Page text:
ABS 2024
Honey bees engage in disease-resistant behavioral patterns unique to their developmental stage
Mary Catherine Farrell1, Branique Burrows2. 1Agriculture Research and Development Program, Central State University, Wilberforce, Ohio, United States; 2College of Humanties, Arts, and Sciences, Central State University, Wilberforce, Ohio, United States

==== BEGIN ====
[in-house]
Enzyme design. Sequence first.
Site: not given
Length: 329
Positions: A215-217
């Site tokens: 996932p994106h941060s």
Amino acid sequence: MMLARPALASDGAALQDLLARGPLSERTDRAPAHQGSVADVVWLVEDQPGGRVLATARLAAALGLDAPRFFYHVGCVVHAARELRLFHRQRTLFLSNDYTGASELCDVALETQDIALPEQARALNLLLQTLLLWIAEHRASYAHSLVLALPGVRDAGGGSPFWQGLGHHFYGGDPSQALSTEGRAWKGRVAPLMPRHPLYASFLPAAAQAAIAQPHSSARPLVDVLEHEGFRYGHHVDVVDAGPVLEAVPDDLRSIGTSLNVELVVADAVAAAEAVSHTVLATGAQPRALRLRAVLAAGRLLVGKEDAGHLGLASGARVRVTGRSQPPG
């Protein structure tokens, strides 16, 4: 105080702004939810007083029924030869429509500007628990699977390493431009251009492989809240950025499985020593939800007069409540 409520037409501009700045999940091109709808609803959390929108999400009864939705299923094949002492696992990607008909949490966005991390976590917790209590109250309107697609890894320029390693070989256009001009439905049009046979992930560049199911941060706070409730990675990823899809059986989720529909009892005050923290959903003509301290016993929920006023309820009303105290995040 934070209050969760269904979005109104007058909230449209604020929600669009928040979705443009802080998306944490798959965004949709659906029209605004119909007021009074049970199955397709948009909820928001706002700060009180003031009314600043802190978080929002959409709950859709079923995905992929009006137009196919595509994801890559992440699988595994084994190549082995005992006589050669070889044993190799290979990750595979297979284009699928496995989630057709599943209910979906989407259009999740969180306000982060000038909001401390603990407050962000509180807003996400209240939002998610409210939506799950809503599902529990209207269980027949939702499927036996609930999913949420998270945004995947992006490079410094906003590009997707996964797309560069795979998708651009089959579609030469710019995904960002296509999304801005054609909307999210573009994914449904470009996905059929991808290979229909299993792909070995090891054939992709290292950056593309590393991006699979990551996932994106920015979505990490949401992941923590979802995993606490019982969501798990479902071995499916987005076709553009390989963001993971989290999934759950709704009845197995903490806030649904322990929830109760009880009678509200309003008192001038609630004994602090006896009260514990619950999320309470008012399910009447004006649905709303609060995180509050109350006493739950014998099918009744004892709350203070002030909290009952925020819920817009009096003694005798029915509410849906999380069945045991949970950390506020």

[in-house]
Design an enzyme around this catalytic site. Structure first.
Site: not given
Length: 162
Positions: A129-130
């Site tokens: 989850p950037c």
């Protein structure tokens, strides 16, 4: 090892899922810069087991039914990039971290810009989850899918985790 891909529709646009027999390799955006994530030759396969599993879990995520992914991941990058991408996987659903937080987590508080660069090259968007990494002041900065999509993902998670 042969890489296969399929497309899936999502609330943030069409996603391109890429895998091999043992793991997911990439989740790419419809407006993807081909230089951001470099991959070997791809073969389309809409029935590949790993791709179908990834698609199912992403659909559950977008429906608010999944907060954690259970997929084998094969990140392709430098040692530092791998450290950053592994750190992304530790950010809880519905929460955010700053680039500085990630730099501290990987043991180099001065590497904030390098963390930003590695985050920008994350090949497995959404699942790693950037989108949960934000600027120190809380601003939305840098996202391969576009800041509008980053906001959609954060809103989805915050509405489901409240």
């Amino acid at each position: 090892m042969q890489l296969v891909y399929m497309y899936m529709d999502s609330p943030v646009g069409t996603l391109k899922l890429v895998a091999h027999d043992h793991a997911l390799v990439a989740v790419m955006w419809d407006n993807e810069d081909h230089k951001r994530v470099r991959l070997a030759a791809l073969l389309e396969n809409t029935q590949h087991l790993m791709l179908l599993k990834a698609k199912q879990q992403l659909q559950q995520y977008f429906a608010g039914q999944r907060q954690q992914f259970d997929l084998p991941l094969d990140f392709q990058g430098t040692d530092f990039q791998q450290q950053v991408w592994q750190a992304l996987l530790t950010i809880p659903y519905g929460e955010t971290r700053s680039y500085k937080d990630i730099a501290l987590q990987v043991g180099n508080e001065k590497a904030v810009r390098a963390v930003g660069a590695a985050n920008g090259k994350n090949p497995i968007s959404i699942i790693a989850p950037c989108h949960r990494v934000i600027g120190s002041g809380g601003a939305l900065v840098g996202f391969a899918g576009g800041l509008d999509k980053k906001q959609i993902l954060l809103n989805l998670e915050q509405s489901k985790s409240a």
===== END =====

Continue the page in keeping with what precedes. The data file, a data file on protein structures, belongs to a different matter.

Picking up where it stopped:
Honey bees are highly eusocial insects with complicated relationships between colony members. Individual bees undergo behavioral maturation, marked by extreme specialization in behavior, location, and activity levels, which optimize them for specific tasks. Nurse bees engage in brood care and groom other honey bees in the hive to remove pests such as Varroa destructor mites. Older honey bees guard the hive entrance which prevents the entrance of intruders. Although some studies have examined interpersonal behaviors in honey bees, knowledge of the behavioral repertoire across honey bee castes is lacking. In this study, we characterized interactions between newly emerged (young adult), nurse, and guard honey bees using an in-lab assay. We found that nurse bees engaged in self-grooming (autogrooming) more frequently than other groups, and more frequently engaged in a pattern of autogrooming after interacting with another bee. This unique pattern of behavior likely prevents further transmission of pests throughout the hive. These findings have strong implications for our understanding of disease resistant behavior in honey bees.��